BeppoSAX was launched on April 30 1996 by an Atlas-Centaur directly into a 600 km, 96 min orbit at inclination. The satellite will thus nearly avoid the South Atlantic Anomaly and take full advantage of the screening effect of the Earth's magnetic field in reducing the cosmic ray induced background, an aspect particularly relevant for high energy instruments (HPGSPC and PDS).
The satellite is operated directly from the Operation Control Center (OCC) in Rome, through a bidirectional (command transmission and telemetry data collection) Intelsat link between the OCC and the Telemetry and Telecommand (TT&C) station located on the equator at the Italian base near Malindi (Kenya). The satellite passes over the TT&C station every orbit for a contact period of 10 minutes. During each pass the Ground Station performs the following activities: telecommand up-linking; mass memory downloading; spacecraft doppler and ranging; spacecraft time sinchronization.
The OCC is the core of the satellite operational management with the following activities: telecommand generation and validation, orbit and attitude determination; short-term telemetry archiving; health monitoring of satellite and its sub-systems.
As part of the OCC, the Scientific Operation Center (SOC) will deal specifically with scientific operations: monitoring of payload parameters; quick-look analysis of scientific data in real time, aimed in particular to bright X-ray transients discovery and Target of Opportunity (TOO) alert; short and long term scheduling.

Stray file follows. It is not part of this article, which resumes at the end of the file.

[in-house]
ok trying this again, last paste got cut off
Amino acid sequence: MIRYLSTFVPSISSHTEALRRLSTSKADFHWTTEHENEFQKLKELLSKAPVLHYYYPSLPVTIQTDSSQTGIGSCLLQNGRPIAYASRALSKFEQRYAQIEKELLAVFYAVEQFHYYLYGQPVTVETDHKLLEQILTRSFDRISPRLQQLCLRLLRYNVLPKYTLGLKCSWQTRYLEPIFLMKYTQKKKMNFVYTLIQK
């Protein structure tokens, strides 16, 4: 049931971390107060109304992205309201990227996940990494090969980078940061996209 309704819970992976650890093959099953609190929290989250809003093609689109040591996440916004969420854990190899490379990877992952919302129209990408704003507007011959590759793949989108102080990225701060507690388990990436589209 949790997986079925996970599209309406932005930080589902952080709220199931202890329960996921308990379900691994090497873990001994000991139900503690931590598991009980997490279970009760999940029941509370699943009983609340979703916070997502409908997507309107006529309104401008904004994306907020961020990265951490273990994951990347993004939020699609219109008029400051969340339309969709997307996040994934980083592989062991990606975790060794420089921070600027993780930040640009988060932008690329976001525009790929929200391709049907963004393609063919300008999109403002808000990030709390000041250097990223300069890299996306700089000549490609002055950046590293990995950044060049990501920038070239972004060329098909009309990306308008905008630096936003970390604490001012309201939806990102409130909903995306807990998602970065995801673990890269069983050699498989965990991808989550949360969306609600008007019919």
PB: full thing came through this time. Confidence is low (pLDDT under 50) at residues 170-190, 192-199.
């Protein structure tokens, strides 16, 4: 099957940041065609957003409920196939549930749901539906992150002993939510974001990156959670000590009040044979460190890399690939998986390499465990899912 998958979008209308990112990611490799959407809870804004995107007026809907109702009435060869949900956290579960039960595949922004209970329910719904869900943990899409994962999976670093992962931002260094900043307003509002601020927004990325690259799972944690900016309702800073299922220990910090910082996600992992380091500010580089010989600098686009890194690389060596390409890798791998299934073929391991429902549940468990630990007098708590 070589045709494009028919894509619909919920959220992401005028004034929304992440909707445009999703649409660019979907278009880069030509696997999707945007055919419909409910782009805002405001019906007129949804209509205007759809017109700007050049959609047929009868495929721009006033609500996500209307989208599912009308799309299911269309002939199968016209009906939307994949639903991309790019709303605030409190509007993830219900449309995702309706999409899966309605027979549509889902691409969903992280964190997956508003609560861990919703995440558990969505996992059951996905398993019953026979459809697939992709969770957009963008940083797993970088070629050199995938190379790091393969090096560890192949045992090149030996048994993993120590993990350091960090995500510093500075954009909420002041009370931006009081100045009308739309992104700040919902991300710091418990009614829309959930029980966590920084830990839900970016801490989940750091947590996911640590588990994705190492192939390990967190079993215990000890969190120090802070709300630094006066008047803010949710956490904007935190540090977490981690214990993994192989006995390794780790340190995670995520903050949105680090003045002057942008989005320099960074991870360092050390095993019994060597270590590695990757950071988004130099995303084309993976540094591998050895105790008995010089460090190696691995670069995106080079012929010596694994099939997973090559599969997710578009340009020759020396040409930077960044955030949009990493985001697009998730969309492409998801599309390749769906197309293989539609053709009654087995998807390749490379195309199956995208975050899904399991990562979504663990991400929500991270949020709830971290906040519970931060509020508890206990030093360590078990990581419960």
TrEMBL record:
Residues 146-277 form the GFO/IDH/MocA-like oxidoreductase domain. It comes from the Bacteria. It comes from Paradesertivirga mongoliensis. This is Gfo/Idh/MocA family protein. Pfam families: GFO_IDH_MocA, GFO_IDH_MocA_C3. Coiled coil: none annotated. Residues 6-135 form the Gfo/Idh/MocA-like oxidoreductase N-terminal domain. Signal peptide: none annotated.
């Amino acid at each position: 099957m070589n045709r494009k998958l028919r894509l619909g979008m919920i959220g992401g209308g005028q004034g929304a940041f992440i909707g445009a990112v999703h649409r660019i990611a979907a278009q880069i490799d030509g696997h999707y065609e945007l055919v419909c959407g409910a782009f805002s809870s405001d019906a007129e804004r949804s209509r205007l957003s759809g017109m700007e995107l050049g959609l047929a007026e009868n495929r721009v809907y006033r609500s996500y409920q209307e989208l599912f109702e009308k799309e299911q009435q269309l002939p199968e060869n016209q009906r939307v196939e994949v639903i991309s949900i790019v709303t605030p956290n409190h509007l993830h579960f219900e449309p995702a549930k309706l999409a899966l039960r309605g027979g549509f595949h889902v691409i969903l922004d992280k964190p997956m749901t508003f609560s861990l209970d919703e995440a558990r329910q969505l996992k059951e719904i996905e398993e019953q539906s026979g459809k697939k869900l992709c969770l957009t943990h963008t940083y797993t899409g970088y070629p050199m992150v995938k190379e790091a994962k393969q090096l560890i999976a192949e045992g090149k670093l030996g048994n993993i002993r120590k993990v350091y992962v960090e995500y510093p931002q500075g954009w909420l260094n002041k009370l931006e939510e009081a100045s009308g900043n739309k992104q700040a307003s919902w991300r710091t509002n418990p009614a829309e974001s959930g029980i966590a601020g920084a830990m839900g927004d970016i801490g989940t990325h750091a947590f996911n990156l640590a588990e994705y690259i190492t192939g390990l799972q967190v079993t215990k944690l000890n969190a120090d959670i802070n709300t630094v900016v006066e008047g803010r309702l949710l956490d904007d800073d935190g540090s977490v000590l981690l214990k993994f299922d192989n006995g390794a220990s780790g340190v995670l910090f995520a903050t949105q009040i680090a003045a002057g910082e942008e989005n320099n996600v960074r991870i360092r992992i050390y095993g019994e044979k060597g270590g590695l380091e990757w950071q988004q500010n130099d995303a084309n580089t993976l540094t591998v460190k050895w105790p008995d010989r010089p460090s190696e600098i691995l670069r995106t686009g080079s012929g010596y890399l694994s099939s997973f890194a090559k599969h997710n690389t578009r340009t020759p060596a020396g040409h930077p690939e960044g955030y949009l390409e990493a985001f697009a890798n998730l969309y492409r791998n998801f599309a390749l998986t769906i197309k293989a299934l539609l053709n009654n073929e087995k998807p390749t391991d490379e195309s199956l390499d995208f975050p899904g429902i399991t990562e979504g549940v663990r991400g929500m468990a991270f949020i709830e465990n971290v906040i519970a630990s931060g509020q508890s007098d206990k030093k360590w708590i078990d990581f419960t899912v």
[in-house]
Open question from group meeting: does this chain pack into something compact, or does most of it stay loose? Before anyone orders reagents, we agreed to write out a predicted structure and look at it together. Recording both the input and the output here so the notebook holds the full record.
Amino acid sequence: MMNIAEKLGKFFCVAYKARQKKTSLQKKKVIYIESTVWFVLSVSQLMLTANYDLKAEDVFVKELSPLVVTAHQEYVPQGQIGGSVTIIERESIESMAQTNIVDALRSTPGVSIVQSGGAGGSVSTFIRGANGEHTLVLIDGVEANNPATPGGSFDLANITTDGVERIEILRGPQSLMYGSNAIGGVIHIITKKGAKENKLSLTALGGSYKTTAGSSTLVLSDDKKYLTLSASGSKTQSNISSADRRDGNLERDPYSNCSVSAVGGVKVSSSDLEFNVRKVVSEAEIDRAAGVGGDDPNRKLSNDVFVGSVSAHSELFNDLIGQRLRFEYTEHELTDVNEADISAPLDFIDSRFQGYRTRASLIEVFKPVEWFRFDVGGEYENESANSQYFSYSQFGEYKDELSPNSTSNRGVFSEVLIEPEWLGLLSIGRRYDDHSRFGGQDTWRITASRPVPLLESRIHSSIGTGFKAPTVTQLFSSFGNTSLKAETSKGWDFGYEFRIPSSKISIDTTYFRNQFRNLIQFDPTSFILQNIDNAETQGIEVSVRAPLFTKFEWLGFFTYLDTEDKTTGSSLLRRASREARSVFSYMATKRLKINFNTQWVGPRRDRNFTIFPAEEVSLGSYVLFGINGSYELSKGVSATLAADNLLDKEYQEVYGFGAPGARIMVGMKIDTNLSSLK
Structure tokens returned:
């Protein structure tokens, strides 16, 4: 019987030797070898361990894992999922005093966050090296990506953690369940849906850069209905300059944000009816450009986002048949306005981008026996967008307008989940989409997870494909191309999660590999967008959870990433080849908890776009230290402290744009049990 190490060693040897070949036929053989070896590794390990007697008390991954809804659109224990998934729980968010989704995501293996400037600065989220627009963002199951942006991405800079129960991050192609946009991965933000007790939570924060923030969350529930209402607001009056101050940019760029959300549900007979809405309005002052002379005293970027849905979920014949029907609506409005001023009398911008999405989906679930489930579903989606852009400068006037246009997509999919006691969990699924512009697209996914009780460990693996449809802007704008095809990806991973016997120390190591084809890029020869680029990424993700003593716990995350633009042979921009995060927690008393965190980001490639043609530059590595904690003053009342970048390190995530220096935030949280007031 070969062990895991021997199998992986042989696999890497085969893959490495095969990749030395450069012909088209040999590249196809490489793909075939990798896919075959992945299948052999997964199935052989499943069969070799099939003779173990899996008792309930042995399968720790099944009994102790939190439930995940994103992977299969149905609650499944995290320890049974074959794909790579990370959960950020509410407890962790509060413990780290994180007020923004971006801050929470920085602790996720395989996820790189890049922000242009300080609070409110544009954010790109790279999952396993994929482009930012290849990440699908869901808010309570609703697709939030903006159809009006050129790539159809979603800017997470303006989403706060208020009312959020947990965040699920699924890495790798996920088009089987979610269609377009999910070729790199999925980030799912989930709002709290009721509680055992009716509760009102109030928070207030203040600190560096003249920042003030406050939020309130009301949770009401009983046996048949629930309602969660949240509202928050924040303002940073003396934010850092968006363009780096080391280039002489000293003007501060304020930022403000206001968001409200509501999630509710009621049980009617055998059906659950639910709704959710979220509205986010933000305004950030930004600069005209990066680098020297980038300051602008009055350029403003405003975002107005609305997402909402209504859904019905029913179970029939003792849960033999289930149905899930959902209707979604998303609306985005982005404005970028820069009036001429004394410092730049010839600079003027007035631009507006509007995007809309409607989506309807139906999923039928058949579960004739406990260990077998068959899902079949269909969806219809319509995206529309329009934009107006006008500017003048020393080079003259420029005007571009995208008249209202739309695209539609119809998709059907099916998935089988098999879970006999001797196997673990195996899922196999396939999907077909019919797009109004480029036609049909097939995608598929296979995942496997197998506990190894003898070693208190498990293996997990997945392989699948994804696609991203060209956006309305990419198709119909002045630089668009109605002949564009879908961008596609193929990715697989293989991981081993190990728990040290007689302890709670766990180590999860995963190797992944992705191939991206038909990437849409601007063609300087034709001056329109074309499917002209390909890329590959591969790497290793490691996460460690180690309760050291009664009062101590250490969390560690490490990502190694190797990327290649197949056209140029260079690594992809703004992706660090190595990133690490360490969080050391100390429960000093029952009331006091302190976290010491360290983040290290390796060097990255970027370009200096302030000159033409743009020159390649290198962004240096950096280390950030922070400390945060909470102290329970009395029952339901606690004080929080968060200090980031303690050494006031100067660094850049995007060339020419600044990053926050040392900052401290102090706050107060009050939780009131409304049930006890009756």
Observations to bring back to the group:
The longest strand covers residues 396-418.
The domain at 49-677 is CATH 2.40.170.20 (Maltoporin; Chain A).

The Scientific Data Center (SDC) is located in Rome, at the same site as the OCC. Along with the Mission Scientist it is the main interface of the scientific community to the BeppoSAX project. Its main tasks are: collection and archiving of the proposals from the scientific community (Sect. 5.2); production of the list of observations from the approved proposals to be processed by the OCC for schedule generation; archiving of telemetry on optical disks; production and distribution of data (FOT= Final Observing Tape) to the observers; off-line analysis of quick look data for TOO follow up program's assessment; integration, development and maintainance of scientific software and calibrations along with the Institutes of the BeppoSAX Consortium; distribution of calibration data, software and general information about the mission; support to guest observers for data analysis and proposal preparation; set up of the results data base.
The Mission Scientist overviews all the scientific activities of the program, and in tight contact with the other scientific components, takes care in particular of: schedule of observations and TOO; calibrations of instruments; issue of Announcement of Opportunities and the technical description of the mission (Piro et al. 1995).